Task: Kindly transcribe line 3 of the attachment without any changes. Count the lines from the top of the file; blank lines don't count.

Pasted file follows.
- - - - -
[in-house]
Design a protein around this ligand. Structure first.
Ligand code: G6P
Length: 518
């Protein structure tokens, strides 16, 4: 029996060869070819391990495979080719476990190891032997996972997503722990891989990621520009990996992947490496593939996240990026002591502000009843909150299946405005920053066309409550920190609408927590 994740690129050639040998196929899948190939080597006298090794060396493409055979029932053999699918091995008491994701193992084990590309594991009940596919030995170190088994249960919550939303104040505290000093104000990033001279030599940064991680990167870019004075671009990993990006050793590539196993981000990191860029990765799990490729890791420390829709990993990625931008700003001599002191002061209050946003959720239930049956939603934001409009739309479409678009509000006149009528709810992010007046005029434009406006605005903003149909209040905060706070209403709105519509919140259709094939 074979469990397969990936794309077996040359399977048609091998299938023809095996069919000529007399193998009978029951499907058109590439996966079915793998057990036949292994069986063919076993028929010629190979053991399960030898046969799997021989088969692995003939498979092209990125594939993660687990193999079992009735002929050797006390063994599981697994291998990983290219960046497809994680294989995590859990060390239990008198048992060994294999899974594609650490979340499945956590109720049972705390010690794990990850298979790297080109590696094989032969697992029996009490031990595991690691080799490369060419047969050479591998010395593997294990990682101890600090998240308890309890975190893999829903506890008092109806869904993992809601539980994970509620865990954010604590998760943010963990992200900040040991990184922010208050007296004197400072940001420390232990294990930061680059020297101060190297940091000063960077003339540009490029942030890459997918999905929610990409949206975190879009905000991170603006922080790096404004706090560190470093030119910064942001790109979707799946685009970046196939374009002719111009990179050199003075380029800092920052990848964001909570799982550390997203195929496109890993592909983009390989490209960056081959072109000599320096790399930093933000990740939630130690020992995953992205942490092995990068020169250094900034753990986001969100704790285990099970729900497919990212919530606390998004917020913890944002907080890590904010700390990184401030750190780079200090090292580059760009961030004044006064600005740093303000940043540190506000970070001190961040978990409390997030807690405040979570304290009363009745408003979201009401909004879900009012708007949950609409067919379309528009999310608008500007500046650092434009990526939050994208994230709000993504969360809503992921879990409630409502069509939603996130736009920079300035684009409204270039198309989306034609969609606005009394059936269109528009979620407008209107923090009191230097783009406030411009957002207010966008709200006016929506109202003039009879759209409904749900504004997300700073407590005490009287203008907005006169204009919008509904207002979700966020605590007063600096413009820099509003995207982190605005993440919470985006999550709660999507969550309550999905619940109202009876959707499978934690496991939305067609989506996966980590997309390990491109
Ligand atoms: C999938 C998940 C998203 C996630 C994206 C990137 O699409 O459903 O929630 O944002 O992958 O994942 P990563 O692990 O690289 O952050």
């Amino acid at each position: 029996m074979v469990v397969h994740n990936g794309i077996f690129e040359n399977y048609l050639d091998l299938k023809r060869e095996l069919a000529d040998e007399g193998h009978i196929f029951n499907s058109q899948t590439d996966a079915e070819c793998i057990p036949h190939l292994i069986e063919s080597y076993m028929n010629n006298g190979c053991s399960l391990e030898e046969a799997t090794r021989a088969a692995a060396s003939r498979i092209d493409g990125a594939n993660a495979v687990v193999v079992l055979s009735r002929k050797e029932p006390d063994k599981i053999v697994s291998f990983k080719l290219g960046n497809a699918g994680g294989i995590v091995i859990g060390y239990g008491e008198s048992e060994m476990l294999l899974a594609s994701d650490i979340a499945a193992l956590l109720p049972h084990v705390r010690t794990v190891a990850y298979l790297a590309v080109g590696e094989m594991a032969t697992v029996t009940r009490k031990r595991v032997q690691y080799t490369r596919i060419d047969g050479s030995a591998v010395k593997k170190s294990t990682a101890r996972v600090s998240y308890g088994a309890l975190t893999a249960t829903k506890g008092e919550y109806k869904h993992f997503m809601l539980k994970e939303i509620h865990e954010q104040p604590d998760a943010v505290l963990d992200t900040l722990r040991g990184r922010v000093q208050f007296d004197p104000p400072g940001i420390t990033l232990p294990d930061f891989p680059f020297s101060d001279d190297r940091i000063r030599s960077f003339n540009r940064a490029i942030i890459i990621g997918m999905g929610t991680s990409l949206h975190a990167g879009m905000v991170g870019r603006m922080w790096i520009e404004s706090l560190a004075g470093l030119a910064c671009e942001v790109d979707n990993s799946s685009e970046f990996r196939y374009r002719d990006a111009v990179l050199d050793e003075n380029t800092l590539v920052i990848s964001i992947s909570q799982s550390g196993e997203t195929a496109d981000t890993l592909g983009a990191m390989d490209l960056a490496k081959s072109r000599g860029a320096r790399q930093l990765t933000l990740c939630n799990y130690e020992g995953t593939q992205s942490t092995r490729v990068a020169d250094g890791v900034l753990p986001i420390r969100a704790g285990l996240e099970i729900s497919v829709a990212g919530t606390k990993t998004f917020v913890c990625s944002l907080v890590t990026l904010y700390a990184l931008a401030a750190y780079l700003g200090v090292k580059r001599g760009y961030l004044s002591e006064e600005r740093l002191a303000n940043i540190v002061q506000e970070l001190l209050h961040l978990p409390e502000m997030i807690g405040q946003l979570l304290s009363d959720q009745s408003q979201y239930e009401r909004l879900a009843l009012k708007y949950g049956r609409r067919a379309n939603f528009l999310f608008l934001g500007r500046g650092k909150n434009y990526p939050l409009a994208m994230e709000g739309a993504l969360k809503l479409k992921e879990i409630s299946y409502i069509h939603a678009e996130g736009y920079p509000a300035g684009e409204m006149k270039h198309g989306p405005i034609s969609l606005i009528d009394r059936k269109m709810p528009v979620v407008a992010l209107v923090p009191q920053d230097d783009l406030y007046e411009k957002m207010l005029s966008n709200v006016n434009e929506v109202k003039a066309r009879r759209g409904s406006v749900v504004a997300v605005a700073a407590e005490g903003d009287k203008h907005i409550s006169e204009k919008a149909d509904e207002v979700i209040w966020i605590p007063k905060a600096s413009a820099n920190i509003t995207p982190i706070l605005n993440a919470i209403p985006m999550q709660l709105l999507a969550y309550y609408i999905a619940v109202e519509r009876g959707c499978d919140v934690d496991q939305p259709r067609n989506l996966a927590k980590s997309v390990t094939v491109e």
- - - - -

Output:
Ligand code: G6P